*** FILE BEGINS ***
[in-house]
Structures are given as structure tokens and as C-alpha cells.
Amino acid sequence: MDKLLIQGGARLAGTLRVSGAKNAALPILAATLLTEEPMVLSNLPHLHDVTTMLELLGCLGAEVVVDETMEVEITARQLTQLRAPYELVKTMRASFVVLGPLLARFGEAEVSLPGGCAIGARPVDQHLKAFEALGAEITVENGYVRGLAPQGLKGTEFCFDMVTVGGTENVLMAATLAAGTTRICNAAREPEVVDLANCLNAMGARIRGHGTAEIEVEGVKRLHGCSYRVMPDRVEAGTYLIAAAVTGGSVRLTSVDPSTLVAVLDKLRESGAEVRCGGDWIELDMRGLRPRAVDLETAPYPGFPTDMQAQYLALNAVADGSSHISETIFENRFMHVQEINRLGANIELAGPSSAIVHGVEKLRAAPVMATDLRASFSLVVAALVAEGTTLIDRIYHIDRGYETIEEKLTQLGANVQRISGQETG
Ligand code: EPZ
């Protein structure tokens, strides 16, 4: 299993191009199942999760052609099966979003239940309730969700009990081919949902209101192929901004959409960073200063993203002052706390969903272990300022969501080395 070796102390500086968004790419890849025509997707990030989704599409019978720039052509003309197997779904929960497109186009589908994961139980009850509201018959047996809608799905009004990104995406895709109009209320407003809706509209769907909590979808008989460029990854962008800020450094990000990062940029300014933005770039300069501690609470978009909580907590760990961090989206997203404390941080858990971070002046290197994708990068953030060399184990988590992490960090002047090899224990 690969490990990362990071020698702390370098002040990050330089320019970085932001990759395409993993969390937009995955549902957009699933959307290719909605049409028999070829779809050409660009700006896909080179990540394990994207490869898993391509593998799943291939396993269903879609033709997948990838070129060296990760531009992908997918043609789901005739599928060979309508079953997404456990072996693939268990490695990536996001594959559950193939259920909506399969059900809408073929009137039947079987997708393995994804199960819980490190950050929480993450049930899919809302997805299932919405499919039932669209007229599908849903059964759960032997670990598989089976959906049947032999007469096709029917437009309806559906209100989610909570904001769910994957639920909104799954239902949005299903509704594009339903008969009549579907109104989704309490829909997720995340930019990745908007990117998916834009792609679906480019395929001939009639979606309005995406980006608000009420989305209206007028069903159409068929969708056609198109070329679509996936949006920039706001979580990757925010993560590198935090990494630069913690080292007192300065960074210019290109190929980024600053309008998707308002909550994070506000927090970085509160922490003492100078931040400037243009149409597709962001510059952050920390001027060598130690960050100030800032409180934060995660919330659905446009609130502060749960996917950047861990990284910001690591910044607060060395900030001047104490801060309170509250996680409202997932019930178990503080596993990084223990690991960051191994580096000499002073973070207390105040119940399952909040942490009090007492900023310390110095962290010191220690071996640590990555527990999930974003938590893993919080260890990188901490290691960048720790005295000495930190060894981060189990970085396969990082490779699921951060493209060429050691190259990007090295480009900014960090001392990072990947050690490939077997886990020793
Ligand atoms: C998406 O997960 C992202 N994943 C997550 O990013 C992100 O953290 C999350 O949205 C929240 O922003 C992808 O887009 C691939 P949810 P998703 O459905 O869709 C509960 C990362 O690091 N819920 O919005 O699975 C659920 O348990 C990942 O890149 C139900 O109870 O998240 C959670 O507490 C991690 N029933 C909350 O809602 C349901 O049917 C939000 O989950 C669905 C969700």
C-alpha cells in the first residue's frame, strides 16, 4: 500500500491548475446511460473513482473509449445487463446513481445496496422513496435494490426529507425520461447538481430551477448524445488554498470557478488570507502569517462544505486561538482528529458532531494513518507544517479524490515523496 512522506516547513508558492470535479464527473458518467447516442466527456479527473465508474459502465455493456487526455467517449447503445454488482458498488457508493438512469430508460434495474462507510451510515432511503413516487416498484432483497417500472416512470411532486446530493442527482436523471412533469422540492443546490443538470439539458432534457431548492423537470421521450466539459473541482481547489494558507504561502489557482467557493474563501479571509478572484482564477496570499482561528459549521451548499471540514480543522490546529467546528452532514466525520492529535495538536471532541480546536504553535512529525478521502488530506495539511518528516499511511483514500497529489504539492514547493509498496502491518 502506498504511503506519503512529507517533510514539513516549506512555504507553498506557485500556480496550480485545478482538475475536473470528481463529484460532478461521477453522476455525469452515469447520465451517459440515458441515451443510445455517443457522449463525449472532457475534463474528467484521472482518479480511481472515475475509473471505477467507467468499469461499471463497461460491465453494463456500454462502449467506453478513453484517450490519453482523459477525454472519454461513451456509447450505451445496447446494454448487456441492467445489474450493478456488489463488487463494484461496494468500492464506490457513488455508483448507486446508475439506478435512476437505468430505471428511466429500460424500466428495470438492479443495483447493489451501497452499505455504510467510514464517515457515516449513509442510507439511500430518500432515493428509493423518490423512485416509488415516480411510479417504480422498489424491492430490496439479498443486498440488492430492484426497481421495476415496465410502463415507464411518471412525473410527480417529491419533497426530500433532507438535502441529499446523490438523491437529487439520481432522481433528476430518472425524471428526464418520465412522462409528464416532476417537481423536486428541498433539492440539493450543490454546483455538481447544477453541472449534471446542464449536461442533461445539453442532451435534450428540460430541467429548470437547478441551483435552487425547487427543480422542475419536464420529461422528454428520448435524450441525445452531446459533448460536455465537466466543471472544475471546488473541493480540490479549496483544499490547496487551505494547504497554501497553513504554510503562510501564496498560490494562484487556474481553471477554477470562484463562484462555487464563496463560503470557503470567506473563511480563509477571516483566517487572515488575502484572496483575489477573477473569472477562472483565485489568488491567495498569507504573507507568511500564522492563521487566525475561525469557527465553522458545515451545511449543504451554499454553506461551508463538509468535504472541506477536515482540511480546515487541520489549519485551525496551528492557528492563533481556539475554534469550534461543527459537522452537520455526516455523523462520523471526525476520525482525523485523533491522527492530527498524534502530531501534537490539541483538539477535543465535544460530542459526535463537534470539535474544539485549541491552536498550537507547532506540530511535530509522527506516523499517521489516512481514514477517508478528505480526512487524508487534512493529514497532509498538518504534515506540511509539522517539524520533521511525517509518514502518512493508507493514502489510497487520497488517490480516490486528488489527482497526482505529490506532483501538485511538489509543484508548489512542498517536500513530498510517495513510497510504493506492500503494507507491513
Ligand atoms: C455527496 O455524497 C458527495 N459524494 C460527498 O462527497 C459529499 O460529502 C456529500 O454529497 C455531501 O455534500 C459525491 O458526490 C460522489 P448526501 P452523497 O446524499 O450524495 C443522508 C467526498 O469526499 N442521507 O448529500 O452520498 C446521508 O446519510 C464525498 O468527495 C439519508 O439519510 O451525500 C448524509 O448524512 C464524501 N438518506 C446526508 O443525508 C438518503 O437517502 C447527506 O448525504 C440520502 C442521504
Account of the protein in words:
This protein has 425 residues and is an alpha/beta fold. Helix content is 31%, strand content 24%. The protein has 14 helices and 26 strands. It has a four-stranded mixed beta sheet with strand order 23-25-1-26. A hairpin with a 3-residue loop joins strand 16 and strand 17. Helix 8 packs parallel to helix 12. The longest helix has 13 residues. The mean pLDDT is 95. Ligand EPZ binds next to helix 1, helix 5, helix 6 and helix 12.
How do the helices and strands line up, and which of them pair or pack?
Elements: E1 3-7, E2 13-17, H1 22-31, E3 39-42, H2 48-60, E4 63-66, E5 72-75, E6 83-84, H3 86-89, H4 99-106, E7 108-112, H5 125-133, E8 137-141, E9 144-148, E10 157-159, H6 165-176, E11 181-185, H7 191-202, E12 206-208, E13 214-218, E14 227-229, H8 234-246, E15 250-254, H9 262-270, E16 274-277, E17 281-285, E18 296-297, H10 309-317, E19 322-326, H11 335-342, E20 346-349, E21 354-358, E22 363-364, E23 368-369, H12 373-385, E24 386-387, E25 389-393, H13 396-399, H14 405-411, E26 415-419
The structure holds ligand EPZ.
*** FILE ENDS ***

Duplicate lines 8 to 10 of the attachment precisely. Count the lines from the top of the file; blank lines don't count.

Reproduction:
Ligand atoms: C455527496 O455524497 C458527495 N459524494 C460527498 O462527497 C459529499 O460529502 C456529500 O454529497 C455531501 O455534500 C459525491 O458526490 C460522489 P448526501 P452523497 O446524499 O450524495 C443522508 C467526498 O469526499 N442521507 O448529500 O452520498 C446521508 O446519510 C464525498 O468527495 C439519508 O439519510 O451525500 C448524509 O448524512 C464524501 N438518506 C446526508 O443525508 C438518503 O437517502 C447527506 O448525504 C440520502 C442521504
Account of the protein in words:
This protein has 425 residues and is an alpha/beta fold. Helix content is 31%, strand content 24%. The protein has 14 helices and 26 strands. It has a four-stranded mixed beta sheet with strand order 23-25-1-26. A hairpin with a 3-residue loop joins strand 16 and strand 17. Helix 8 packs parallel to helix 12. The longest helix has 13 residues. The mean pLDDT is 95. Ligand EPZ binds next to helix 1, helix 5, helix 6 and helix 12.